Institutional choice and local legitimacy in ...

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Title Institutional choice and local legitimacy in community-based forest management: lessons from Cameroon
Author(s) H. Carolyn Peach Brown, James P. Lassoie
Journal Environmental Conservation
Date 2010
Volume 37
Issue 3
Start page 261
End page 269
Abstract Decentralization of forest management has become a common policy globally which has allowed communities to regain rights removed through colonization and central state management of forests. However, socioeconomic and environmental outcomes of such community-based forest management schemes have been mixed. Studies have shown the importance of institutions in influencing the success of these new governance arrangements. Based on an extensive literature review supplemented by qualitative research, using focus groups and semi-structured interviews, conducted in nine villages in the humid forest zone comprising three community forests, this research investigated the successes and challenges from decentralization of forest management in Cameroon. A key constraint on success was the inappropriate institutional structure at the local level with responsibility to manage community forests. Community forest management committees with no internally recognized legitimacy and dominated by local elites had replaced roles once played by traditional authorities. Qualitative research showed that in the humid forest zone of Cameroon, the system of accountability for forest resources, prior to the enactment of community forest legislation, included those with historical traditional cultural authority, in the form of clan or lineage heads, as well as the village chief, a legacy of colonial power. Village chiefs or other members of the village council are also selected on the basis of their good moral character. Community forest management committees that are a hybrid of customary authorities and other representatives of the population chosen following the criteria for local legitimacy may capture the best of historical social regulation and build on it so that the local committee may be seen as being accountable to the local population. Since such hybrid institutions are not without their risks, it is important that these institutions be accountable to a local democratic government to further increase their transparency and accountability. Models of community-based natural resource management that incorporate culturally appropriate requirements of legitimacy and accountability in crafting local institutions may have more success in accomplishing both socioeconomic and environmental goals.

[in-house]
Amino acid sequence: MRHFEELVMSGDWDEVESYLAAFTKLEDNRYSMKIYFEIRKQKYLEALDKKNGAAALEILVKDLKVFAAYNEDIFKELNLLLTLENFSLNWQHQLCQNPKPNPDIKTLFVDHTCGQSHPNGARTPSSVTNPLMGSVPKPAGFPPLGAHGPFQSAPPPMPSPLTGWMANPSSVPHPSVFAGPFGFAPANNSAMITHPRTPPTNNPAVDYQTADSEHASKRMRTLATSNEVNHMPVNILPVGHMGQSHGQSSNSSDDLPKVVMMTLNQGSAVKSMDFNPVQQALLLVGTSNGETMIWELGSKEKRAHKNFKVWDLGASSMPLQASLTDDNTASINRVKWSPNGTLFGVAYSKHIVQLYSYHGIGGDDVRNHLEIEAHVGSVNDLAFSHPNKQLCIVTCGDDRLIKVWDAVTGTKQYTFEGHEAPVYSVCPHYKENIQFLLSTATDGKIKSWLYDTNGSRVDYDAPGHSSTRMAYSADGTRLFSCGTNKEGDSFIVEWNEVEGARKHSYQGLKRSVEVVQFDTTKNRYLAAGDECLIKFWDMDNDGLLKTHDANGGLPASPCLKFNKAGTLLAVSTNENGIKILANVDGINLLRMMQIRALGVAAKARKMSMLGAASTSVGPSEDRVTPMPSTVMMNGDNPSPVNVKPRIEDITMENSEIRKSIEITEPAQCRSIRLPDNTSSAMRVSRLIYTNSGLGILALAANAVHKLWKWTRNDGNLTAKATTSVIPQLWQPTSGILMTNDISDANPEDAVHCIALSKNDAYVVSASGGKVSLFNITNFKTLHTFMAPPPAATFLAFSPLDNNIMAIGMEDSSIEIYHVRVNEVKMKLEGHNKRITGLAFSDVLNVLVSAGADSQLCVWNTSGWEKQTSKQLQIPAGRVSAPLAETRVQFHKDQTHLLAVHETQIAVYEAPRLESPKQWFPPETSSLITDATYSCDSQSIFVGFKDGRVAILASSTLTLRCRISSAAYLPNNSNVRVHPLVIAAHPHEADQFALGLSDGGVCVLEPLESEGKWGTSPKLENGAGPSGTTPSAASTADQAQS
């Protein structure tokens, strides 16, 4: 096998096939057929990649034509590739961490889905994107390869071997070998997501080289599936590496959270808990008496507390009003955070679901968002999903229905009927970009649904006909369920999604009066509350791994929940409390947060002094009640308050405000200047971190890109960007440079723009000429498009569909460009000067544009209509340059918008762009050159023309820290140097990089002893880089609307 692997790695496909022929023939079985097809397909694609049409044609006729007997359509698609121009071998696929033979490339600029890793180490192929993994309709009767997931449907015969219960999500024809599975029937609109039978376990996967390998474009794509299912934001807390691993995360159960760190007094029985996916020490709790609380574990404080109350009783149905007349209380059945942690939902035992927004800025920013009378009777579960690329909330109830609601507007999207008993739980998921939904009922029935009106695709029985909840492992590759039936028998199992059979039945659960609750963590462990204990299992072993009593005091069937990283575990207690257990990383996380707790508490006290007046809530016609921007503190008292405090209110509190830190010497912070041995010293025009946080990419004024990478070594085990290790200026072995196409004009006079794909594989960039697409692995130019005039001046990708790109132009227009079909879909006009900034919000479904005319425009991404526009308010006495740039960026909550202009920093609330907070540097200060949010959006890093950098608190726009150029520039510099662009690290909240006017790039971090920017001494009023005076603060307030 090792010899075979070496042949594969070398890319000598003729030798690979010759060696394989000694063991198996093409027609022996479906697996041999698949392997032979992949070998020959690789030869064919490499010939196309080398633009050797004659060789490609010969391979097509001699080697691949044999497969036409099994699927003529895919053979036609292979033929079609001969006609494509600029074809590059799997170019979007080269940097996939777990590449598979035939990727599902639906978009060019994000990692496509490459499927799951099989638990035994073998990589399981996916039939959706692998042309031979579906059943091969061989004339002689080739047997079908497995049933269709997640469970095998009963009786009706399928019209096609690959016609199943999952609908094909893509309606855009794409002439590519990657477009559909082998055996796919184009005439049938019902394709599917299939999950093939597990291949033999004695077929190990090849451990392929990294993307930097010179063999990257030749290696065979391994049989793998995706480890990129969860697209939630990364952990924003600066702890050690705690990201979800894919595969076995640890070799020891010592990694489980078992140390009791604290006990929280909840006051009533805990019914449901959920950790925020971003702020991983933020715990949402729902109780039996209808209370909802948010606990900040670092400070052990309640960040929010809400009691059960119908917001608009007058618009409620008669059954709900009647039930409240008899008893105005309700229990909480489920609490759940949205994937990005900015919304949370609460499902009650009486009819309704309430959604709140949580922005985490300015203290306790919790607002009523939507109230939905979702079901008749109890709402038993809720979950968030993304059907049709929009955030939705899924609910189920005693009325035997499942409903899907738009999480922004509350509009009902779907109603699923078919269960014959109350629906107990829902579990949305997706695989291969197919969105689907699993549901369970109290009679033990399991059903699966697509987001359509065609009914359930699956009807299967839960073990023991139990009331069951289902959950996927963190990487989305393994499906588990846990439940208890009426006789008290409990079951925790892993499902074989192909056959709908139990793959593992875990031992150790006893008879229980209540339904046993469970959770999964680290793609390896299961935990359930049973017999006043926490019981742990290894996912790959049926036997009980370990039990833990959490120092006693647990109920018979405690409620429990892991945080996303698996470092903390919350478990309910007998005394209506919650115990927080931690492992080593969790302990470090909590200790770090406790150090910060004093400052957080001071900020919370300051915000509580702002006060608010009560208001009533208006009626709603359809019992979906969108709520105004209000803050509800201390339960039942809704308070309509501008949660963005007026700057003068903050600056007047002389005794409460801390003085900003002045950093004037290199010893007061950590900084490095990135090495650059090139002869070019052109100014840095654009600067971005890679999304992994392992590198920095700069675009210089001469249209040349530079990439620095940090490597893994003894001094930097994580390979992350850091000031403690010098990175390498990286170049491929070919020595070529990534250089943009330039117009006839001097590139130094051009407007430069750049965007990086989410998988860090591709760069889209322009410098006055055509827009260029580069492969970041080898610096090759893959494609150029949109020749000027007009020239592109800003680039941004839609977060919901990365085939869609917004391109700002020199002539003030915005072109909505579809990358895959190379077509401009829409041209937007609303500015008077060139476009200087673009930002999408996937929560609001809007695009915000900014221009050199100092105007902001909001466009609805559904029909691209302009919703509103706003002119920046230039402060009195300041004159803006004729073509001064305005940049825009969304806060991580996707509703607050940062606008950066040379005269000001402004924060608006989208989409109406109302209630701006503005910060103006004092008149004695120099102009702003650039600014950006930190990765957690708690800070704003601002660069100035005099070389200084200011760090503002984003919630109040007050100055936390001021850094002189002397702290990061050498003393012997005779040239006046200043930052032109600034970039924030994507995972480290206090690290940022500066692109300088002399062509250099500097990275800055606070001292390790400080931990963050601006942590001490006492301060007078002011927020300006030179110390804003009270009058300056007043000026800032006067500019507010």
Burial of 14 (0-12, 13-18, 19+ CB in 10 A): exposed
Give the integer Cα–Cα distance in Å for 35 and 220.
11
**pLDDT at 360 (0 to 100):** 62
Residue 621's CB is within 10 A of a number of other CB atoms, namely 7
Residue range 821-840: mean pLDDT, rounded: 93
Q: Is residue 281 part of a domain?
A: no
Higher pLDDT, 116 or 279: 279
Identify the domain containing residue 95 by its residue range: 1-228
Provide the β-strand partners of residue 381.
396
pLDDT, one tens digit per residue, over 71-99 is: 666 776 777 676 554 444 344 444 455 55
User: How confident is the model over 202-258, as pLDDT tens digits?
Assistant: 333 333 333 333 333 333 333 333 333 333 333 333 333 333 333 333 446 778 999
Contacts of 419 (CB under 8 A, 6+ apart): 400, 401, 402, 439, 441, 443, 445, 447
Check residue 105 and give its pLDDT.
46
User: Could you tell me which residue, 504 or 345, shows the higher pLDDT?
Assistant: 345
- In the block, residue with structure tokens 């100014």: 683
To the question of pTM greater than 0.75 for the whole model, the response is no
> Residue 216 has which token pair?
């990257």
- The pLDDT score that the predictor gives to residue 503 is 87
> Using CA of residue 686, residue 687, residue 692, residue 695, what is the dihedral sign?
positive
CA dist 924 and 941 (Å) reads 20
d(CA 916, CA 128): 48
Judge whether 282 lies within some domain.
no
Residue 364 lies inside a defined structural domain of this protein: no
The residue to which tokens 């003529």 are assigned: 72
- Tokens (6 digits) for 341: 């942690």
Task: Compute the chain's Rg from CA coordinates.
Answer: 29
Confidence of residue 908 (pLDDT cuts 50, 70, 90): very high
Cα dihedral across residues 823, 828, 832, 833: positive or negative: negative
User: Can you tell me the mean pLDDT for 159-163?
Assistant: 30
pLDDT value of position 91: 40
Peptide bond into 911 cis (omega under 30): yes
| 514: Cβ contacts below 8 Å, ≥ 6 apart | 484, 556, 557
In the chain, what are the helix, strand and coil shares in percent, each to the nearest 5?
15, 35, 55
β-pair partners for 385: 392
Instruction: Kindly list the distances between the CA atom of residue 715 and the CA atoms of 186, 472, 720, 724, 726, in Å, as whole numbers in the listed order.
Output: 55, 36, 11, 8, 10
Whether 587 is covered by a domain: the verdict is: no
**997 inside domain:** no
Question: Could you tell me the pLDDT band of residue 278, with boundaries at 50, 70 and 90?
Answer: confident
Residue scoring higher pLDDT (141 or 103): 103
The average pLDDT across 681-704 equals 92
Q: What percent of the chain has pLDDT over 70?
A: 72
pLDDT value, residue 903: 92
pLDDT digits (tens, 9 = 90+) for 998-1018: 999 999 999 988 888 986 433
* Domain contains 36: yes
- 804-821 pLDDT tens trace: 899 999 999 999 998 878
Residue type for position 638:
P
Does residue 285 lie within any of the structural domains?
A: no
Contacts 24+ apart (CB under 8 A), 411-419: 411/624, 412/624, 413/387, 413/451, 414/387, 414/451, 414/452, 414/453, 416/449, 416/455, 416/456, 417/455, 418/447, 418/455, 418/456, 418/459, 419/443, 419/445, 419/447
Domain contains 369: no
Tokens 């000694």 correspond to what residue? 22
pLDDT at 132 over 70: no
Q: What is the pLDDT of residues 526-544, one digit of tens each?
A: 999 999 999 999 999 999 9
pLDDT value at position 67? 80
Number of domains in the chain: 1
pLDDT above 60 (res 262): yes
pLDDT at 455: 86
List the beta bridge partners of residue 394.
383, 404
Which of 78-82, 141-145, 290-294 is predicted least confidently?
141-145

DOI 10.1017/S0376892910000603 ER
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